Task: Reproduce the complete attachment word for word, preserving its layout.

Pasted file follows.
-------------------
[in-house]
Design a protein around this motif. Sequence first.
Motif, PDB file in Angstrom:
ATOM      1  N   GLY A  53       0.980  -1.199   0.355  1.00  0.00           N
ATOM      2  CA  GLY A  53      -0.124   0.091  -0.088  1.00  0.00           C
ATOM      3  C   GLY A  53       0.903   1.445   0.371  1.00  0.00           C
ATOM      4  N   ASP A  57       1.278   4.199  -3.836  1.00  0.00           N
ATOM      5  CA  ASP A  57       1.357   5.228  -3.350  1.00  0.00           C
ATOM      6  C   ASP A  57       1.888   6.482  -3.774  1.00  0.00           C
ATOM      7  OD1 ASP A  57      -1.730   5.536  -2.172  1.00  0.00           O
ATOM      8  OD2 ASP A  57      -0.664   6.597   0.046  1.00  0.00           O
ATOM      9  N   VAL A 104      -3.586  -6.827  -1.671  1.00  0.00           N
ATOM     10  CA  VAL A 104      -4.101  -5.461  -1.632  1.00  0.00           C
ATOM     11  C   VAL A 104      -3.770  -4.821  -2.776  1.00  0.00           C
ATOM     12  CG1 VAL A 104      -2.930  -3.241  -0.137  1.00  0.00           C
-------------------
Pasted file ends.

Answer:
[in-house]
Design a protein around this motif. Sequence first.
Motif, PDB file in Angstrom:
ATOM      1  N   GLY A  53       0.980  -1.199   0.355  1.00  0.00           N
ATOM      2  CA  GLY A  53      -0.124   0.091  -0.088  1.00  0.00           C
ATOM      3  C   GLY A  53       0.903   1.445   0.371  1.00  0.00           C
ATOM      4  N   ASP A  57       1.278   4.199  -3.836  1.00  0.00           N
ATOM      5  CA  ASP A  57       1.357   5.228  -3.350  1.00  0.00           C
ATOM      6  C   ASP A  57       1.888   6.482  -3.774  1.00  0.00           C
ATOM      7  OD1 ASP A  57      -1.730   5.536  -2.172  1.00  0.00           O
ATOM      8  OD2 ASP A  57      -0.664   6.597   0.046  1.00  0.00           O
ATOM      9  N   VAL A 104      -3.586  -6.827  -1.671  1.00  0.00           N
ATOM     10  CA  VAL A 104      -4.101  -5.461  -1.632  1.00  0.00           C
ATOM     11  C   VAL A 104      -3.770  -4.821  -2.776  1.00  0.00           C
ATOM     12  CG1 VAL A 104      -2.930  -3.241  -0.137  1.00  0.00           C